“Ren, sweetie, none of this is in WCAD.”

THE TIME LIMIT. That’s the idea.

The idea provokes questions. How do two people fall in love in a week? Do they just plan on having a fling? When does it turn into something more, and for whom first? What effect does the business one or both of them traveled to this destination to deal with have on the relationship? If this place is home to one of them, what effect does the insider/outsider dynamic have, or one of them being in “real life” while the other is “on vacation”? And on and on and on.

Any of those questions can be answered a number of ways and I discount none of those answers, but some of them just naturally start clicking together with other answers, and I play more with the ones that gather the most mass. The plane isn’t important, so forget that. A week really isn’t a lot of time, so it would help if they already knew each other. One of them is still in their hometown, and the other is coming back to visit. They were close, not just casually acquainted; let’s say young love until we know otherwise. They parted ways because one of them left for better things. And on and on and on.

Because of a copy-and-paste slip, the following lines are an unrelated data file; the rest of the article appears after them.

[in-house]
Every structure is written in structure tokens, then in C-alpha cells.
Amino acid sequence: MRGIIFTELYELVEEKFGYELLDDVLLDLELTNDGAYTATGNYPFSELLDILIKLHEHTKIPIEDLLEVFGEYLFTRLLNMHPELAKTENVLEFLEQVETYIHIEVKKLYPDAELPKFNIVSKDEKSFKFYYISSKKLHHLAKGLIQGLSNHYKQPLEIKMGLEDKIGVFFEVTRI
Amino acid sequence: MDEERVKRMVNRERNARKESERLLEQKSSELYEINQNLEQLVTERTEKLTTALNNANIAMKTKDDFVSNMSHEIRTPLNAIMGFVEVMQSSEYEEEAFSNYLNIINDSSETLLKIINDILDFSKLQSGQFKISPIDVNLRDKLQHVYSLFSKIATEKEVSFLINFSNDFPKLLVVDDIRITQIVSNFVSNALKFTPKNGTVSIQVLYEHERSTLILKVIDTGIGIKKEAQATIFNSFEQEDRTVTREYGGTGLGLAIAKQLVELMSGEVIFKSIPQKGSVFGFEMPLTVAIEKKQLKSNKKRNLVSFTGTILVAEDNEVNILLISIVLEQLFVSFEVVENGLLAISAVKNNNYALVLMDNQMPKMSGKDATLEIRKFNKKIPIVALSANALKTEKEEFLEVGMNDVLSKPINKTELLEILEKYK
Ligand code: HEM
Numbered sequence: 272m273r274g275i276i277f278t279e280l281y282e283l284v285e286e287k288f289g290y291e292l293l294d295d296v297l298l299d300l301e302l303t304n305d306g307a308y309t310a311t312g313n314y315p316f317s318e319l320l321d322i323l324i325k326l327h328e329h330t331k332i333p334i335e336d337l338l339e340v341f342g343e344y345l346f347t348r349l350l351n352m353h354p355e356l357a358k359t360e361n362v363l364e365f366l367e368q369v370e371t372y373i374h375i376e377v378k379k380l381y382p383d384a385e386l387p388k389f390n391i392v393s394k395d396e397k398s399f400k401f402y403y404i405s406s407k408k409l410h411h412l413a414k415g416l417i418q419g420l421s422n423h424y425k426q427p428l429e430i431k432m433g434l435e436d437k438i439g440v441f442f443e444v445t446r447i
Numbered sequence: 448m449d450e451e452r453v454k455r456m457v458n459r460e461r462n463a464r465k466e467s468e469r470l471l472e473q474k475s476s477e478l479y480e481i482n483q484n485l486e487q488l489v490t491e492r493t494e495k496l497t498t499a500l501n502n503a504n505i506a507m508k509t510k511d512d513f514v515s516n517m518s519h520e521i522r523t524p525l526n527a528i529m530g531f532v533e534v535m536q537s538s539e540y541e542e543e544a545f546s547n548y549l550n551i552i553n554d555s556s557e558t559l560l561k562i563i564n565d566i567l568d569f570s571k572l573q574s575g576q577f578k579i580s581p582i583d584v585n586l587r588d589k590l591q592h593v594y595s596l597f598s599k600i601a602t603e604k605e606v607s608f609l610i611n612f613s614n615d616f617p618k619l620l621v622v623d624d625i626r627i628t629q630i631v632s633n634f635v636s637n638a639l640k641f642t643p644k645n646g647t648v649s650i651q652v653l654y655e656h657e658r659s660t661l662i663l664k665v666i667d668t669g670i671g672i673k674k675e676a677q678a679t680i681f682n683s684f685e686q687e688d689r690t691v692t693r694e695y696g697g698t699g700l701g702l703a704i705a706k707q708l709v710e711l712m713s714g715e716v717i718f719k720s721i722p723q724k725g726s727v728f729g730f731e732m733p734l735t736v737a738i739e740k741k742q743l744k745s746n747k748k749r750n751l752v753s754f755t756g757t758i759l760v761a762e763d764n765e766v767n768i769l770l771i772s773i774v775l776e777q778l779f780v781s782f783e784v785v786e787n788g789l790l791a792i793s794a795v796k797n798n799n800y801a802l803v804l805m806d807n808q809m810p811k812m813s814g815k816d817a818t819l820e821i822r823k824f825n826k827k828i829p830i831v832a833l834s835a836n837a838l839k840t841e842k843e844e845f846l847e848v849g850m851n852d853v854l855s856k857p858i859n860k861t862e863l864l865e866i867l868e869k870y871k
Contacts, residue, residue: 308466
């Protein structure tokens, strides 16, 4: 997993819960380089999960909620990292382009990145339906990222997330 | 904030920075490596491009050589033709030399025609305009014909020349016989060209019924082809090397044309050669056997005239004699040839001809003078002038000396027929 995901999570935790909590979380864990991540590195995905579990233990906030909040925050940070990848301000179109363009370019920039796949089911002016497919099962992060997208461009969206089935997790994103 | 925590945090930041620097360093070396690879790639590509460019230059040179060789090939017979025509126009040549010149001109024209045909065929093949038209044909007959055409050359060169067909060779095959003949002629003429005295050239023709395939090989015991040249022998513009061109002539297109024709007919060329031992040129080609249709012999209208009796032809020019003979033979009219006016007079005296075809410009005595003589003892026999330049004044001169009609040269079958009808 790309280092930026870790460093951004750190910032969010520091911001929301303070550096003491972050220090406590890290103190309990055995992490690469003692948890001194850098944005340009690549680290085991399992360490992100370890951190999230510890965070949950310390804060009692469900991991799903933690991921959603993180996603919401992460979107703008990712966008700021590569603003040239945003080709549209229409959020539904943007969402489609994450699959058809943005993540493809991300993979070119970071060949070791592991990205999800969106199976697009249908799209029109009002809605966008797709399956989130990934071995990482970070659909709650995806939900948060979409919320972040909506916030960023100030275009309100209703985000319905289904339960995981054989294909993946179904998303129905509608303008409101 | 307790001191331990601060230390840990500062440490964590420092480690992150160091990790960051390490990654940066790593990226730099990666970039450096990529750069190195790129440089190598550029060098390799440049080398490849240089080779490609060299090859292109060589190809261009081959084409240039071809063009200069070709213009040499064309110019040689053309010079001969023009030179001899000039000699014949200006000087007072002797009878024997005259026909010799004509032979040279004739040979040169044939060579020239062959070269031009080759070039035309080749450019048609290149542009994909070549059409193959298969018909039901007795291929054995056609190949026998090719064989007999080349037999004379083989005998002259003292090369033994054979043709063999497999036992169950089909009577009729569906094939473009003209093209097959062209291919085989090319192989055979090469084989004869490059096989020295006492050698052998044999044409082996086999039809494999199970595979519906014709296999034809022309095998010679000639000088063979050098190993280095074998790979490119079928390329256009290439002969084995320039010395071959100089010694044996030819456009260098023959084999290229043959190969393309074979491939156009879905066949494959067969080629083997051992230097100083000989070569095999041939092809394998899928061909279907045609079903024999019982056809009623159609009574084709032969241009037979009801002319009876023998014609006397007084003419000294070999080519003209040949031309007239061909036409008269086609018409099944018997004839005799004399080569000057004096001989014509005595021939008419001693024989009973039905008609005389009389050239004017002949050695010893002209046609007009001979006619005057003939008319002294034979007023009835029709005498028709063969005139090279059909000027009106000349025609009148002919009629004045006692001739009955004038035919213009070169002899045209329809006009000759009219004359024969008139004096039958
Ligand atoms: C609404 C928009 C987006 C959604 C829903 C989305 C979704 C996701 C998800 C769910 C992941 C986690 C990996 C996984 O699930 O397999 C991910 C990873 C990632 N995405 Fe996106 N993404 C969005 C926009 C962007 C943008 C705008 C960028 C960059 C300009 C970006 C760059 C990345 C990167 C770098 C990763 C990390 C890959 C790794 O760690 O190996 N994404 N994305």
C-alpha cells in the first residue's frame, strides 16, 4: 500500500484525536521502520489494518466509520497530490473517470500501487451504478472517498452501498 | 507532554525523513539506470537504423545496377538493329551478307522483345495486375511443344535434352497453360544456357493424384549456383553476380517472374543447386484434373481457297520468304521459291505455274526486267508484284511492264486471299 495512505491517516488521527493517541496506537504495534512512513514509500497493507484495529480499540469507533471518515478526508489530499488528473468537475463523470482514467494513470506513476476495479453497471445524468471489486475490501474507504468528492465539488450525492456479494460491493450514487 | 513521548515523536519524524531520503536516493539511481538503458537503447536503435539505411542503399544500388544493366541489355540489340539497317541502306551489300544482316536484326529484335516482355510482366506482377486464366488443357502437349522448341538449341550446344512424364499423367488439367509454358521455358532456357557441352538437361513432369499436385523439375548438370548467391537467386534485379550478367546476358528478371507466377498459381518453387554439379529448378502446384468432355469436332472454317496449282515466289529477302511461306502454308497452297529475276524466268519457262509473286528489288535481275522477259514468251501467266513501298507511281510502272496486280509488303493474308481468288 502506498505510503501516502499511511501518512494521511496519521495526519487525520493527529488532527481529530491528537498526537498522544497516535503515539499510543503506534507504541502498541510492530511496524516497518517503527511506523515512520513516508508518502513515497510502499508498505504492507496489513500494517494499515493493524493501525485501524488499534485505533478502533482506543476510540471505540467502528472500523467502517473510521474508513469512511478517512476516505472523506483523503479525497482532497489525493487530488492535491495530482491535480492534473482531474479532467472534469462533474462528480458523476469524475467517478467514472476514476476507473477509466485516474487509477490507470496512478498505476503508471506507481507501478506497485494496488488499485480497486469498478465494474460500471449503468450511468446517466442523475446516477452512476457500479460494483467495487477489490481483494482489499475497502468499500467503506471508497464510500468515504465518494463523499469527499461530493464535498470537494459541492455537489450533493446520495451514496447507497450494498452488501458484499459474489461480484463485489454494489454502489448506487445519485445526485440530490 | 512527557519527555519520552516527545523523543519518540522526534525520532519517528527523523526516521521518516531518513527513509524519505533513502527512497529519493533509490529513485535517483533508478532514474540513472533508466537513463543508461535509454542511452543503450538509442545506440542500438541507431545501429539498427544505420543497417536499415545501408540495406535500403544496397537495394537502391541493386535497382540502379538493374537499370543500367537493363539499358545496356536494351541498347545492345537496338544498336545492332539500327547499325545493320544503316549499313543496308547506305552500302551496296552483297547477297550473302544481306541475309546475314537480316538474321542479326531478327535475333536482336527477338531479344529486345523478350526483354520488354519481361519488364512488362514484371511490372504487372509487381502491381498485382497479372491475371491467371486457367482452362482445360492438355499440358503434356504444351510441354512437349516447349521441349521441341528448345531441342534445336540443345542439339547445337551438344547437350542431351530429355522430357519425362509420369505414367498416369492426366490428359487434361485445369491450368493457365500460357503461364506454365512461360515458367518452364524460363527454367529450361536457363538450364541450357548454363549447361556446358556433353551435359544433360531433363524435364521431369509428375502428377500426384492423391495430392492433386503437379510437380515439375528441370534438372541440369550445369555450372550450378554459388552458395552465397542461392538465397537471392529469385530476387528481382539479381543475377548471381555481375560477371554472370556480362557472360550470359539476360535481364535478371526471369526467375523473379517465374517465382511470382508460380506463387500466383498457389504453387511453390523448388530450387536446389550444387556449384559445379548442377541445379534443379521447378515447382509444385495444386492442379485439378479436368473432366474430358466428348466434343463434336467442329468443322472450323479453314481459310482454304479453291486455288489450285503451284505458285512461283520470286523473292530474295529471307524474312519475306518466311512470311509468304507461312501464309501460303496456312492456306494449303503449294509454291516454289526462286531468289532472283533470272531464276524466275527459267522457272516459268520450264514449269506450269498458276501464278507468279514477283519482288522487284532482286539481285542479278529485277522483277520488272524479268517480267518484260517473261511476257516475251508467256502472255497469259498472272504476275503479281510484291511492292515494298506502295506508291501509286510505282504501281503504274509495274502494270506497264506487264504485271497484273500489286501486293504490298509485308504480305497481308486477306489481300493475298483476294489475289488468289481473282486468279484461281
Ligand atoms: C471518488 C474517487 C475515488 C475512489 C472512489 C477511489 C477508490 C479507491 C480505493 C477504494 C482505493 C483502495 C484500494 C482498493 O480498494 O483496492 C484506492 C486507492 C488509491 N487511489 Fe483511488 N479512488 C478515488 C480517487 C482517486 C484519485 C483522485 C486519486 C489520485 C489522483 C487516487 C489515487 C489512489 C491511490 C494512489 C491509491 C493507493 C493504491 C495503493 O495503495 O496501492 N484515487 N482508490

Am I interested in playing with that more? Hell, I was ready to run with it back at “time limit.” Any time a romance brings its own reason they can’t be together (“I’m leaving the state in seven days”), it reduces the possibility of manufacturing something stupid to keep them apart (“My cousin’s friend’s sister’s coworker saw a man somewhat resembling you engaged in smutnasty pornytimes with another woman, so it’s over”). In fact, I like the idea so much, it’s a factor in at least two other maybe-someday stories generated during the same Q&A (which may or may not ever be written; depends what looks most viable when it’s time to commit to the next project — as you’re reading this post, that decision has probably been made and put into action, but when I wrote this post, I still had two-thirds of WCAD to work on, and “What’s on deck?” was the least of my concerns).